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The Kondratiev wave, also known as a K-wave or supercycle, is a hypothetical economic cycle in capitalist economies. These waves range from 40-60 years and are closely linked to the technology life cycle. The theory is credited to Soviet economist Nikolai Kondratiev, although other economists before and after Kondratiev have proposed similar ideas.
Kondratiev initially identified three phases within each cycle: expansion, stagnation, and recession. However, the more common approach today is to divide it into four phases, or ‘seasons,’ as follows:
Phase One (Spring): Social upheaval brought on by wealth, accumulation, and innovation, and the corresponding economic shifts trigger redefinitions of work and societal roles amongst participants.
Phase Two (Summer): Collective feelings of abundance and wealth lead to a change in attitude towards work, which decelerates economic growth.
Phase Three (Fall): Economic stagnation sparks a cycle of deflationary growth, which leads to protectionist policies that further devastate growth potential.
Phase Four (Winter): Severe economic depression exacerbates the wealth gap and ultimately results in the social fabric of society being torn apart. This vicious phase eventually results in widespread social change driven by innovation and corresponding technological shifts.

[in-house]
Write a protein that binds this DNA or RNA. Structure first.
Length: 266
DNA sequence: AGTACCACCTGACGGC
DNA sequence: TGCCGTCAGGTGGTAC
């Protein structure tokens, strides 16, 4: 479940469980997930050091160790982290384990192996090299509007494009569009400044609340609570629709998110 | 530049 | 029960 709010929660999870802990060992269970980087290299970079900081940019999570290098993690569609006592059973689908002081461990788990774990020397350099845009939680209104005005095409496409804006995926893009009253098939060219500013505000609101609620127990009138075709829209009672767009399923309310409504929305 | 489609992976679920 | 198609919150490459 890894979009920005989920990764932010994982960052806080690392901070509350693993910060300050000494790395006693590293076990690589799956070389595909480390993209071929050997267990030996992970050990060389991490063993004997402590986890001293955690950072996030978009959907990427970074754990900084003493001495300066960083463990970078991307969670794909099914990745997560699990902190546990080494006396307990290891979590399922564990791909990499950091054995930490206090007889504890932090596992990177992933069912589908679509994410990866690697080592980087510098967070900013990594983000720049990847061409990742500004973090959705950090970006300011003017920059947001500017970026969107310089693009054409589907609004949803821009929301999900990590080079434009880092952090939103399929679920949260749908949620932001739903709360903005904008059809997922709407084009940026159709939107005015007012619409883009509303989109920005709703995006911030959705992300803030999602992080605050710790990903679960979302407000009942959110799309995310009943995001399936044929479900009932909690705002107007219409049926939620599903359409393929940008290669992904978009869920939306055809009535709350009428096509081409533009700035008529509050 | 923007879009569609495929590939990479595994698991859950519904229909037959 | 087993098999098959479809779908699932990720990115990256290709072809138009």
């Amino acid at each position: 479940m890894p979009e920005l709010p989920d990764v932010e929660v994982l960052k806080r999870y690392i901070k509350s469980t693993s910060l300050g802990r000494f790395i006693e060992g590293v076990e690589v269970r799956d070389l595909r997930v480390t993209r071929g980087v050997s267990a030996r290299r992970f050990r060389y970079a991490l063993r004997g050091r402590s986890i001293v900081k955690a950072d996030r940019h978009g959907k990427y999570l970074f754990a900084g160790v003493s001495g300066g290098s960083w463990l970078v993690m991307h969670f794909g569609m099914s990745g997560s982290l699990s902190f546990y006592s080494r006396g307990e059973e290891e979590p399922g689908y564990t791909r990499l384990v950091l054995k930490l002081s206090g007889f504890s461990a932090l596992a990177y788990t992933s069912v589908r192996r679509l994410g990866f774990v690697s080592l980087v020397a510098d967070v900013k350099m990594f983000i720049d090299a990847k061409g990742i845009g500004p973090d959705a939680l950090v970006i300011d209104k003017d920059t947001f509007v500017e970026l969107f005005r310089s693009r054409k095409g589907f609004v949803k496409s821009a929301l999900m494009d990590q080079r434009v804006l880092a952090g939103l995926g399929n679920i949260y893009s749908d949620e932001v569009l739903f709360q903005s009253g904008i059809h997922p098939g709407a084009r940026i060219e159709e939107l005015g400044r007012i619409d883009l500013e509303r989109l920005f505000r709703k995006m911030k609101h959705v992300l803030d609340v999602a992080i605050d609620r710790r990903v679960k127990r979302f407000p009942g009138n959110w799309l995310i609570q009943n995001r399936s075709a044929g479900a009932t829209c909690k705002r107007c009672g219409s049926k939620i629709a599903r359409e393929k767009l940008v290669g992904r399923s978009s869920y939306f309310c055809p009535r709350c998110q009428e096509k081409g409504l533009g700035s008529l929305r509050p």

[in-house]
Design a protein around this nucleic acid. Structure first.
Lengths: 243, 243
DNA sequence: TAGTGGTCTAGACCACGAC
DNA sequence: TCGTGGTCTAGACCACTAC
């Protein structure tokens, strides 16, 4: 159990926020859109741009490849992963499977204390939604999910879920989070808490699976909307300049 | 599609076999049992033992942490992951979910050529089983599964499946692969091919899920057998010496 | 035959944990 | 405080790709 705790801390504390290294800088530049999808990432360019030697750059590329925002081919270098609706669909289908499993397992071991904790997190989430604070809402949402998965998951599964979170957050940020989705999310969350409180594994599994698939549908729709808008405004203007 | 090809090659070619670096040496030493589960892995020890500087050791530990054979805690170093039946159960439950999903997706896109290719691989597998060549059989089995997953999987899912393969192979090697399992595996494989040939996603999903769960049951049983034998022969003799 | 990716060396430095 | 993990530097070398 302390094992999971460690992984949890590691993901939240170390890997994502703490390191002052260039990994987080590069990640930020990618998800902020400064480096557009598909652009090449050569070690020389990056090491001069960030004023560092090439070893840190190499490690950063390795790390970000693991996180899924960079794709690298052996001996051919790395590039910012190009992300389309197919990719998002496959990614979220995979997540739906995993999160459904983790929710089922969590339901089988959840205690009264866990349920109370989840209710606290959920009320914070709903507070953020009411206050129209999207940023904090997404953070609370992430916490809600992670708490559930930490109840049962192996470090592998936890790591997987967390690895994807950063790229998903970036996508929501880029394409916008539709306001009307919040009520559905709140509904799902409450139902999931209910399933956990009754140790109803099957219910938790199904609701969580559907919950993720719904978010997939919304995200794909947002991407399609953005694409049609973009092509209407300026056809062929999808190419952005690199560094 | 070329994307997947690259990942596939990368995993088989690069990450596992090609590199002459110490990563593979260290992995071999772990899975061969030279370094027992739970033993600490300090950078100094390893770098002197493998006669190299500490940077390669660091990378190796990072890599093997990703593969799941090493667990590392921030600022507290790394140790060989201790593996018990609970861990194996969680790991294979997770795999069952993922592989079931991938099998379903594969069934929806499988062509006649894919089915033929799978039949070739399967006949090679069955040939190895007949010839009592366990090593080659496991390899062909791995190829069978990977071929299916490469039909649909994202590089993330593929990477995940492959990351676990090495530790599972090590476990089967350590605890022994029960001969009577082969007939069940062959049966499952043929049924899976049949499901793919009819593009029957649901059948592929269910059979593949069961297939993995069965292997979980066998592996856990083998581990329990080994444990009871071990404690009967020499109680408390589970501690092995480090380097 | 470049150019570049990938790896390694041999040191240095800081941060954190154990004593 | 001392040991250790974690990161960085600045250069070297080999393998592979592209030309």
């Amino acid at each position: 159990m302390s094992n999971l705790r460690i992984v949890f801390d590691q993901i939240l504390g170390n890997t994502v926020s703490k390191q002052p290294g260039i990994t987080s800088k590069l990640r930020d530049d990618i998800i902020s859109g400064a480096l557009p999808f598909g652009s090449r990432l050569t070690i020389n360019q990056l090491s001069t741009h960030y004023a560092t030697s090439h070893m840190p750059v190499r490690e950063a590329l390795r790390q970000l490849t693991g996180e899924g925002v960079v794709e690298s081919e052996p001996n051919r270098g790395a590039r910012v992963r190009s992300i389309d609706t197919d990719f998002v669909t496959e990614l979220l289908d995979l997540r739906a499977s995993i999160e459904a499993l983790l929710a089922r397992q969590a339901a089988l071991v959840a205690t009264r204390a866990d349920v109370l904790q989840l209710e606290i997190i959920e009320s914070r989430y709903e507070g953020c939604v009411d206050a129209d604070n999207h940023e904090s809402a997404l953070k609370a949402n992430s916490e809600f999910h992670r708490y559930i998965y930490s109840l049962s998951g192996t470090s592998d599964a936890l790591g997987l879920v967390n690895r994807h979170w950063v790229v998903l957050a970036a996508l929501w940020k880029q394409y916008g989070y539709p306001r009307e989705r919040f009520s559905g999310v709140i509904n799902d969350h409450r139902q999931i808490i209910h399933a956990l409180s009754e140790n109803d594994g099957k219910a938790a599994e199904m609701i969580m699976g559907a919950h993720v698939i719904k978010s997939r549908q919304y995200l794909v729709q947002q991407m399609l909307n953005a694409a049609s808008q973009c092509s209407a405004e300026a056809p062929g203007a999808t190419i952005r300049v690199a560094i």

Most academic economists do not accept the theory. Even those who accept it disagree on things like wave triggers or beginning and conclusion points. In the eyes of its detractors, this level of imprecision invalidates the theory. They also claim Kondratiev waves do not attribute enough to human errors or misjudgements that have brought about many economic disasters throughout history. Finally, Kondratiev’s research itself is controversial, and critics have called it biased. The events used to draw his conclusions appear cherry-picked, and some critical data that could have affected these conclusions was left out.
Despite the criticisms, there is still plenty of intrigue amongst heterodox economists and cycle theorists. Most cycle theorists agree with the “Schumpeter-Freeman-Perez” paradigm, which outlines five waves since the industrial revolution in 1771.
The cycles include:
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If this theory holds, we are either on the cusp of a sixth wave or already in it. Kondratiev’s approach focuses heavily on interest rates and prices. Low rates and rising prices characterize the first phase (Spring), so it would make sense to assume we are in the first phase of a sixth wave based on our current economic environment. But that assumption is far from unanimous, even amongst those who subscribe to K-Wave theory. Many of these still believe we are amid a fifth-wave winter and that the worst is yet to come.
There lies the problem with the theory: far too much imprecision and room for interpretation. While it is interesting to ponder, and at first glance, there may even appear to be some merit; it’s hard to find any real-world use for the theory at this point. It’s not tradable from an investment perspective nor actionable from an economic perspective. Thus, it seems the theory will be destined to remain on the fringes unless it can be further refined down the road.